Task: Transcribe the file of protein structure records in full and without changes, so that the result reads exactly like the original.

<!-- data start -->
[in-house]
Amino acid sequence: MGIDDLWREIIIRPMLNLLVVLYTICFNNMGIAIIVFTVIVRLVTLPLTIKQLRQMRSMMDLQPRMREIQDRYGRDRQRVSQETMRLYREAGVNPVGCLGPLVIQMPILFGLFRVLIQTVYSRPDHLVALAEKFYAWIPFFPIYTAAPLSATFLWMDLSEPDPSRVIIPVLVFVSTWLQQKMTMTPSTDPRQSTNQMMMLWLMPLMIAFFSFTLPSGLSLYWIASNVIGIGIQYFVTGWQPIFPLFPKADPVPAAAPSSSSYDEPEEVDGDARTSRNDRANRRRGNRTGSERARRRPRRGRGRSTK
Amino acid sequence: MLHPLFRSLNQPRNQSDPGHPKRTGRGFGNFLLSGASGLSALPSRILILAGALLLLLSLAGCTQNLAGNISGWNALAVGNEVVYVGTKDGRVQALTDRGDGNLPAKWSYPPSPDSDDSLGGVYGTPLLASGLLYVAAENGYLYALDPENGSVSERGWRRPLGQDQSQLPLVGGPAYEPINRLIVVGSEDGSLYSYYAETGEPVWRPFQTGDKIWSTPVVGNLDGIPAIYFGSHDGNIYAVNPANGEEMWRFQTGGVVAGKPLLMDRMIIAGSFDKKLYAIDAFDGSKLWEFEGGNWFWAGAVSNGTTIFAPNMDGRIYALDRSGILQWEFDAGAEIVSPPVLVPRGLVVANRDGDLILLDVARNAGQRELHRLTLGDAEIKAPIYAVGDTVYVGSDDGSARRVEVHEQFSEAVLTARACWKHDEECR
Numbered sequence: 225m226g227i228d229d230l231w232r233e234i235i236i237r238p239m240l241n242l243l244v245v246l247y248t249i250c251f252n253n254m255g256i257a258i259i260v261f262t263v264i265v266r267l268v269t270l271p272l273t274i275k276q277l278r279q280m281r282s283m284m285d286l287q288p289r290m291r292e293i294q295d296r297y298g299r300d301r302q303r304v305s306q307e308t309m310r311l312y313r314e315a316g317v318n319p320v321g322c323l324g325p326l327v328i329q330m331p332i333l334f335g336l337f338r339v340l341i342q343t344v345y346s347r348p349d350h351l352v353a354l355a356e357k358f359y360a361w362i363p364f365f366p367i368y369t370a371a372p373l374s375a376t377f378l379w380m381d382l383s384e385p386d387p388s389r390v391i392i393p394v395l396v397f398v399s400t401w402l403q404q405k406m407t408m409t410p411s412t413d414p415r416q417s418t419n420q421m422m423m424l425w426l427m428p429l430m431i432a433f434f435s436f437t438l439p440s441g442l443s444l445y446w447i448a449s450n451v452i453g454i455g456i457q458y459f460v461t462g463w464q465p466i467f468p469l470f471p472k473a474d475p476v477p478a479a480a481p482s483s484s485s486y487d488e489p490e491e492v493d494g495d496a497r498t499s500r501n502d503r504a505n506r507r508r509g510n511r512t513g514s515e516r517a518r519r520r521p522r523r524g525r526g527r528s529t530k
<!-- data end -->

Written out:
[in-house]
Amino acid sequence: MGIDDLWREIIIRPMLNLLVVLYTICFNNMGIAIIVFTVIVRLVTLPLTIKQLRQMRSMMDLQPRMREIQDRYGRDRQRVSQETMRLYREAGVNPVGCLGPLVIQMPILFGLFRVLIQTVYSRPDHLVALAEKFYAWIPFFPIYTAAPLSATFLWMDLSEPDPSRVIIPVLVFVSTWLQQKMTMTPSTDPRQSTNQMMMLWLMPLMIAFFSFTLPSGLSLYWIASNVIGIGIQYFVTGWQPIFPLFPKADPVPAAAPSSSSYDEPEEVDGDARTSRNDRANRRRGNRTGSERARRRPRRGRGRSTK
Amino acid sequence: MLHPLFRSLNQPRNQSDPGHPKRTGRGFGNFLLSGASGLSALPSRILILAGALLLLLSLAGCTQNLAGNISGWNALAVGNEVVYVGTKDGRVQALTDRGDGNLPAKWSYPPSPDSDDSLGGVYGTPLLASGLLYVAAENGYLYALDPENGSVSERGWRRPLGQDQSQLPLVGGPAYEPINRLIVVGSEDGSLYSYYAETGEPVWRPFQTGDKIWSTPVVGNLDGIPAIYFGSHDGNIYAVNPANGEEMWRFQTGGVVAGKPLLMDRMIIAGSFDKKLYAIDAFDGSKLWEFEGGNWFWAGAVSNGTTIFAPNMDGRIYALDRSGILQWEFDAGAEIVSPPVLVPRGLVVANRDGDLILLDVARNAGQRELHRLTLGDAEIKAPIYAVGDTVYVGSDDGSARRVEVHEQFSEAVLTARACWKHDEECR
Numbered sequence: 225m226g227i228d229d230l231w232r233e234i235i236i237r238p239m240l241n242l243l244v245v246l247y248t249i250c251f252n253n254m255g256i257a258i259i260v261f262t263v264i265v266r267l268v269t270l271p272l273t274i275k276q277l278r279q280m281r282s283m284m285d286l287q288p289r290m291r292e293i294q295d296r297y298g299r300d301r302q303r304v305s306q307e308t309m310r311l312y313r314e315a316g317v318n319p320v321g322c323l324g325p326l327v328i329q330m331p332i333l334f335g336l337f338r339v340l341i342q343t344v345y346s347r348p349d350h351l352v353a354l355a356e357k358f359y360a361w362i363p364f365f366p367i368y369t370a371a372p373l374s375a376t377f378l379w380m381d382l383s384e385p386d387p388s389r390v391i392i393p394v395l396v397f398v399s400t401w402l403q404q405k406m407t408m409t410p411s412t413d414p415r416q417s418t419n420q421m422m423m424l425w426l427m428p429l430m431i432a433f434f435s436f437t438l439p440s441g442l443s444l445y446w447i448a449s450n451v452i453g454i455g456i457q458y459f460v461t462g463w464q465p466i467f468p469l470f471p472k473a474d475p476v477p478a479a480a481p482s483s484s485s486y487d488e489p490e491e492v493d494g495d496a497r498t499s500r501n502d503r504a505n506r507r508r509g510n511r512t513g514s515e516r517a518r519r520r521p522r523r524g525r526g527r528s529t530k